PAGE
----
FDA Approves New Beta Blocker for Hypertension
Bystolic's efficacy is similar to that of other FDA-approved beta blockers
TUESDAY, Dec. 18 (HealthDay News) -- The U.S. Food and Drug Administration announced this week that it has approved Bystolic (nebivolol) for the treatment of hypertension. Bystolic is a beta blocker, a class of commonly prescribed antihypertensive medications that reduce the force of the heart's contraction.
The safety and efficacy of Bystolic was shown in three randomized, double-blind, multi-center, placebo-controlled trials. An additional placebo-controlled trial evaluated Bystolic in combination with other antihypertensive medications in patients with poorly controlled hypertension. In all, 2,000 patients were treated with Bystolic, and the drug's blood pressure-lowering efficacy was similar to that reported for other beta blockers.
The most commonly reported side effects of Bystolic in the clinical trials were headache, fatigue, dizziness and diarrhea.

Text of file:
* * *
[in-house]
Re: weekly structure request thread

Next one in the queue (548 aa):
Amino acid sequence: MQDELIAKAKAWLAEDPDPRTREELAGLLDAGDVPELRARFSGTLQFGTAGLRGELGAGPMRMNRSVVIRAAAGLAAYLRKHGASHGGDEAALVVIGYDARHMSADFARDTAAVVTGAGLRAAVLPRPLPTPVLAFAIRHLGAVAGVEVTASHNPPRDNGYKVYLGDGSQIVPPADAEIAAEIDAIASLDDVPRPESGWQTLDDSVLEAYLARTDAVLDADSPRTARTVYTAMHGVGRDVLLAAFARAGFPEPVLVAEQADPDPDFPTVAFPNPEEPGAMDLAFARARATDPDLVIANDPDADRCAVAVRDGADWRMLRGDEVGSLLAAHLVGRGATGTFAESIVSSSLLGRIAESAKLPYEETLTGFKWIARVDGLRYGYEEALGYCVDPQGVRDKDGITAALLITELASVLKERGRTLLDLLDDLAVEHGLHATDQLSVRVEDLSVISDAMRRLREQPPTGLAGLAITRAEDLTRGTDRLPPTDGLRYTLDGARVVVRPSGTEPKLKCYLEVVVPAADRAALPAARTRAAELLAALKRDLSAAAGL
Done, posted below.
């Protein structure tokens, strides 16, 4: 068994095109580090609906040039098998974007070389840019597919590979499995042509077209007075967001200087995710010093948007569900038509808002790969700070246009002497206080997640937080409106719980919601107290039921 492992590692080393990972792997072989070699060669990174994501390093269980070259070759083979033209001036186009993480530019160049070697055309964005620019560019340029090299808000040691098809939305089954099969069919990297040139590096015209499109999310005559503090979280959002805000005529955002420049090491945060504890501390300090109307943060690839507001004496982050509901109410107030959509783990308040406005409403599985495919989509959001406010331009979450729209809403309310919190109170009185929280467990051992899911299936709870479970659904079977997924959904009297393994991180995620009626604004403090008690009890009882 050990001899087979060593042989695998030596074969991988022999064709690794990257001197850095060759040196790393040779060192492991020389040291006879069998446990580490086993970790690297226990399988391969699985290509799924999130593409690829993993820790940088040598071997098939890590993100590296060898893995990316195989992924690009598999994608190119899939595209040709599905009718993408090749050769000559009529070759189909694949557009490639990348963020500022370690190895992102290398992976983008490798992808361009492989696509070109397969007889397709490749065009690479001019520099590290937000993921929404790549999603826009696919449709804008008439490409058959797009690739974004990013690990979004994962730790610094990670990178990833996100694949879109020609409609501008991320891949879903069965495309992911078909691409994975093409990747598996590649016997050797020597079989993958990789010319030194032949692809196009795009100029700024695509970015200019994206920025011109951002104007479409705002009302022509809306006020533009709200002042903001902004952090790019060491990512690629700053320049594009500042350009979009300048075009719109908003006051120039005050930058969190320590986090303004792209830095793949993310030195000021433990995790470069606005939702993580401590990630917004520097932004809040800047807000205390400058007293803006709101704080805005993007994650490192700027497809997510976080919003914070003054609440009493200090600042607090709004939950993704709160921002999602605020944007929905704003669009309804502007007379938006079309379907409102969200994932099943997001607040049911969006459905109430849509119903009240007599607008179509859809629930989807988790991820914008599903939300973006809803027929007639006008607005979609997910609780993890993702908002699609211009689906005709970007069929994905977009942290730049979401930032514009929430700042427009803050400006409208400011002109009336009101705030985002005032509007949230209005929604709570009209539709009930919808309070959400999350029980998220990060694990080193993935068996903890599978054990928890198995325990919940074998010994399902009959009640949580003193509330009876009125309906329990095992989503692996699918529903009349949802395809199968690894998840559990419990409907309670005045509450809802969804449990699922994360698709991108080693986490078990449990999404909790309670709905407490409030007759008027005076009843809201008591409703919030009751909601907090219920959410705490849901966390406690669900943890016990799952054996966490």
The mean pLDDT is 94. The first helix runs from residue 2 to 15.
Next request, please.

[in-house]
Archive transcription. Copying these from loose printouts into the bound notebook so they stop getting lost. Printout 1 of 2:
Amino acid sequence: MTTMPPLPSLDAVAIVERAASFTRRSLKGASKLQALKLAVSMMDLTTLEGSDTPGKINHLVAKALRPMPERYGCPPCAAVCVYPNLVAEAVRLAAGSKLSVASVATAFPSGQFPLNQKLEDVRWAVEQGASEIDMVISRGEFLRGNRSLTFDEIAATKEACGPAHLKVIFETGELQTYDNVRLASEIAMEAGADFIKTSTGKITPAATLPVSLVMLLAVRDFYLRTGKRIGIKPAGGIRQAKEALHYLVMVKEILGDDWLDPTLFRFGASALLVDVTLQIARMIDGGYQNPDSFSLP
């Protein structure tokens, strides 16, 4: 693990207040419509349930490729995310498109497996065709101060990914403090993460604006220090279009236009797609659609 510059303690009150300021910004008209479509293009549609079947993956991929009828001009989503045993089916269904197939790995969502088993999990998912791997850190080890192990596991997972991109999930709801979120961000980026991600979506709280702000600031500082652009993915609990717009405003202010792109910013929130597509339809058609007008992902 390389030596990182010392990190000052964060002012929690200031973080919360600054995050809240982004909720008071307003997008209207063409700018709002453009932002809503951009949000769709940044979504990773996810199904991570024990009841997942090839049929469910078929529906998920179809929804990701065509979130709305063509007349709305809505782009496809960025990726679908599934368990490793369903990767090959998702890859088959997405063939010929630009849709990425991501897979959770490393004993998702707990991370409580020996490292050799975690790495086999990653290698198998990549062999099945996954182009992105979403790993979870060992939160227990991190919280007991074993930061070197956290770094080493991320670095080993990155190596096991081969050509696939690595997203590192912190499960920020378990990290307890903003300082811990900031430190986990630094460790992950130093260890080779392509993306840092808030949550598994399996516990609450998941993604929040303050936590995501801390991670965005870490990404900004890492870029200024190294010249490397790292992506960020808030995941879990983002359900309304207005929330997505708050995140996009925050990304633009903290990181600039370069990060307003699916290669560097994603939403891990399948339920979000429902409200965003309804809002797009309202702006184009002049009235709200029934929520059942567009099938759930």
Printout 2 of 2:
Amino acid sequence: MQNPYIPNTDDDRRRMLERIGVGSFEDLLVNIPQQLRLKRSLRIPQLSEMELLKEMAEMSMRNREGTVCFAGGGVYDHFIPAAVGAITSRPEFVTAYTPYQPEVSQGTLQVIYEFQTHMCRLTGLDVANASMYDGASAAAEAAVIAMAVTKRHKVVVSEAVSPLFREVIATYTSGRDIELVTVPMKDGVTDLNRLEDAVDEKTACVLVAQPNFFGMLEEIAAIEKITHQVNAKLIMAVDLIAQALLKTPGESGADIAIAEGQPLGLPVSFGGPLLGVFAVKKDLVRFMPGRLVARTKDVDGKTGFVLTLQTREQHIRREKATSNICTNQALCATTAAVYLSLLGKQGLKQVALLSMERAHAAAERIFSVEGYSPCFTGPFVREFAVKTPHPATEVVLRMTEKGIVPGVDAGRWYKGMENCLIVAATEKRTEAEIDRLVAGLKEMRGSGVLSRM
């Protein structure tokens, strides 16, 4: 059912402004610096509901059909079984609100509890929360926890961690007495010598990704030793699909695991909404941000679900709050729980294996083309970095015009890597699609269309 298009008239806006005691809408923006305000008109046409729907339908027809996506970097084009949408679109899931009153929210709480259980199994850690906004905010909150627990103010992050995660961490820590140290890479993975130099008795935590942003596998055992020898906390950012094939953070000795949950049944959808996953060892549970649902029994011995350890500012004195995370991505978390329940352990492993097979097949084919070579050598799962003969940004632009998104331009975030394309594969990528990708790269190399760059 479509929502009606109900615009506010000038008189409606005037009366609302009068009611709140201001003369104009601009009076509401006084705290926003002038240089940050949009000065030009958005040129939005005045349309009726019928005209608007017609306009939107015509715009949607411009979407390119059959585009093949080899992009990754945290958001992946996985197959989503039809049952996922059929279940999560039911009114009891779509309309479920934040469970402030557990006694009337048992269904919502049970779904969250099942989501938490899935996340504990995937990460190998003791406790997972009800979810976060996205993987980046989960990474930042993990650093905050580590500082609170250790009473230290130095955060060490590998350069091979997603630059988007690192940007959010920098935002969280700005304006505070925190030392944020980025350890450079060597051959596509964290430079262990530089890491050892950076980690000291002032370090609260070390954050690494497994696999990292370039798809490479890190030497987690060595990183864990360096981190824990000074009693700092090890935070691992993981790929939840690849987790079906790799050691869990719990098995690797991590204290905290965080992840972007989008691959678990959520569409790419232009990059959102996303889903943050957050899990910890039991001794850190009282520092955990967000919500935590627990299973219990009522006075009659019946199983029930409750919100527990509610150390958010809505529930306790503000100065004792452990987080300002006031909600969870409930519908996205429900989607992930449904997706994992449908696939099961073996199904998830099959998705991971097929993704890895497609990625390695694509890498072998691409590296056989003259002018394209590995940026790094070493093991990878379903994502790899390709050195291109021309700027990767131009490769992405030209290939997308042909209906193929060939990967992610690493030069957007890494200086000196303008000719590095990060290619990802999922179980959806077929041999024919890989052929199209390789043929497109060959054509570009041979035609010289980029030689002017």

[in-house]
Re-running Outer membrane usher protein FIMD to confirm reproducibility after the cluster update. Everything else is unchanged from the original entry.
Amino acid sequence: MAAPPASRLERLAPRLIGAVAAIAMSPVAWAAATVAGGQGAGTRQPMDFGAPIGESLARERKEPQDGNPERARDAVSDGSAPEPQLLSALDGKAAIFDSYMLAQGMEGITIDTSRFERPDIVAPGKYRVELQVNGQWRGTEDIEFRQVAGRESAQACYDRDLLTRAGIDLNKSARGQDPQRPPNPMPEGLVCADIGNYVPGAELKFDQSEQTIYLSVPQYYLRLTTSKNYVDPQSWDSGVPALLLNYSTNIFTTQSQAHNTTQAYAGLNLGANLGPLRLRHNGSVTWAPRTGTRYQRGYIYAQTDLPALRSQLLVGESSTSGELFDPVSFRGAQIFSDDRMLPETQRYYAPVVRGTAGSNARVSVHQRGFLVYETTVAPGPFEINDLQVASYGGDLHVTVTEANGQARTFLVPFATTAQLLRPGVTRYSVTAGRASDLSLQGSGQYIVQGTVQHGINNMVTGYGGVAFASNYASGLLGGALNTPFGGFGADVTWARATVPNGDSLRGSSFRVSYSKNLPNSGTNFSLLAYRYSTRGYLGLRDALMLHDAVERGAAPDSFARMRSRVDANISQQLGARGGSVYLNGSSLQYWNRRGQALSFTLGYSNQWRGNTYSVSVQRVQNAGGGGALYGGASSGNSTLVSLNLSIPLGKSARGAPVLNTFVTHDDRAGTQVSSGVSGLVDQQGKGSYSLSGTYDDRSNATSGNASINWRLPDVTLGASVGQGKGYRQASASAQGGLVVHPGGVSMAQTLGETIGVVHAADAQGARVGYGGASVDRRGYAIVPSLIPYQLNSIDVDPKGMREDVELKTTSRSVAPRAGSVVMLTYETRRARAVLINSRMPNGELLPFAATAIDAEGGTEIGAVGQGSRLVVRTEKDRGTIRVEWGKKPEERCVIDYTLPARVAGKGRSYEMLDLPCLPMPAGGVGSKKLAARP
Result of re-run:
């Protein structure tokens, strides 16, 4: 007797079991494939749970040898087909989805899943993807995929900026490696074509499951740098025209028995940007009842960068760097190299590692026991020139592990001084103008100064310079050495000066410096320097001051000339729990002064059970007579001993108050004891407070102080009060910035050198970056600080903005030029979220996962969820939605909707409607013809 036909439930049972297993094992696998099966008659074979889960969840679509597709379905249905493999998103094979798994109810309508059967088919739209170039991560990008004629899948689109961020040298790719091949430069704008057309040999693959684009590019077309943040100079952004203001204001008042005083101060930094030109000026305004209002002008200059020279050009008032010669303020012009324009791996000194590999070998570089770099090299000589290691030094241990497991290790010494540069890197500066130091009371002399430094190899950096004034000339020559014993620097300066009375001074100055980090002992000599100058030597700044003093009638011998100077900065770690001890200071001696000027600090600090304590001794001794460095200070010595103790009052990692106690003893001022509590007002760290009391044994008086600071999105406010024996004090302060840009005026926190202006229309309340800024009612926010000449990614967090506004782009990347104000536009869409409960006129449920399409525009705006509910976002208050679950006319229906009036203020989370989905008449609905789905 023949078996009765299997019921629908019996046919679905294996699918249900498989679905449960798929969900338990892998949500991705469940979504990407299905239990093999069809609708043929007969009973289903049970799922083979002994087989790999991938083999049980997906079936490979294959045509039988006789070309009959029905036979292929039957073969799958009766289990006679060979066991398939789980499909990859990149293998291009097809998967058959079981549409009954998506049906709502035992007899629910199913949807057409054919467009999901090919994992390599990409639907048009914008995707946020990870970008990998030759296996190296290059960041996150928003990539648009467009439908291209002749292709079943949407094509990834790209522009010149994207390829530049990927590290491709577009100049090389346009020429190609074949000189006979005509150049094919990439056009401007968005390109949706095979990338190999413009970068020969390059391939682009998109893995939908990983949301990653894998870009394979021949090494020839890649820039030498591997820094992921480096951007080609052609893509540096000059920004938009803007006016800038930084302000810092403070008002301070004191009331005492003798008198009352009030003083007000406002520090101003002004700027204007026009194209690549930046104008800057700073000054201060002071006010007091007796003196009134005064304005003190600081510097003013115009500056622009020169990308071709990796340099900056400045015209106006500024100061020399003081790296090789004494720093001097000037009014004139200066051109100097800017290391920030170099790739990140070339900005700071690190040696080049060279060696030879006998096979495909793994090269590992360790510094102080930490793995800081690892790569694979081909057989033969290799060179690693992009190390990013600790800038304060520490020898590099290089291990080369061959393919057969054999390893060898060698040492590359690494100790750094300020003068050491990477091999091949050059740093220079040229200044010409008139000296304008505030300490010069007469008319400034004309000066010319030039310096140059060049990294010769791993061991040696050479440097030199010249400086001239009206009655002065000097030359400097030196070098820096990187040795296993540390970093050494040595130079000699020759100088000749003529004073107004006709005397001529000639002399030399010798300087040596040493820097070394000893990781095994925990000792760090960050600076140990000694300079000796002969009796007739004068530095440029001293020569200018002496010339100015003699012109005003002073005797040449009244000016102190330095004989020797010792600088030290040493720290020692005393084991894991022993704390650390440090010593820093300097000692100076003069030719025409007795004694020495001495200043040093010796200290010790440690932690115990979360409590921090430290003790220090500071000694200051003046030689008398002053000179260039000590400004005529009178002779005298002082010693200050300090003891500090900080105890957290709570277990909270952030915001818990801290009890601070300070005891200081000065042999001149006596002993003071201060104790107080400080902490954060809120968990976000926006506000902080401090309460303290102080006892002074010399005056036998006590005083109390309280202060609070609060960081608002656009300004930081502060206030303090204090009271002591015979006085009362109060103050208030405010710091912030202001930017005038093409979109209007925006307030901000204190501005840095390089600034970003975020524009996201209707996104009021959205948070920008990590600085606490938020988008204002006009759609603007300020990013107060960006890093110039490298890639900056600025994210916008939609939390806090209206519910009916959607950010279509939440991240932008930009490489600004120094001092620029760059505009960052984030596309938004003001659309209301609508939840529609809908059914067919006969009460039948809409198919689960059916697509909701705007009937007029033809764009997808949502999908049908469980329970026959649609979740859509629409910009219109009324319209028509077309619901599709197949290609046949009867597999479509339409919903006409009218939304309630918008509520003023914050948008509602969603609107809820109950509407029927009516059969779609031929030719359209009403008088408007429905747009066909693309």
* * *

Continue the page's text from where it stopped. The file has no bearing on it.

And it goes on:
"High blood pressure is often called the 'silent killer' because it usually has no symptoms until it causes damage to the body," comments Douglas C. Throckmorton, M.D., FDA's deputy director of the Center for Drug Evaluation and Research. "Bystolic offers a new treatment option for people who need to control their high blood pressure."
Bystolic is sponsored by Mylan Bertek Pharmaceuticals Inc. of Research Triangle Park, N.C., and sales and marketing rights are owned by Forest Laboratories, Inc. of New York City.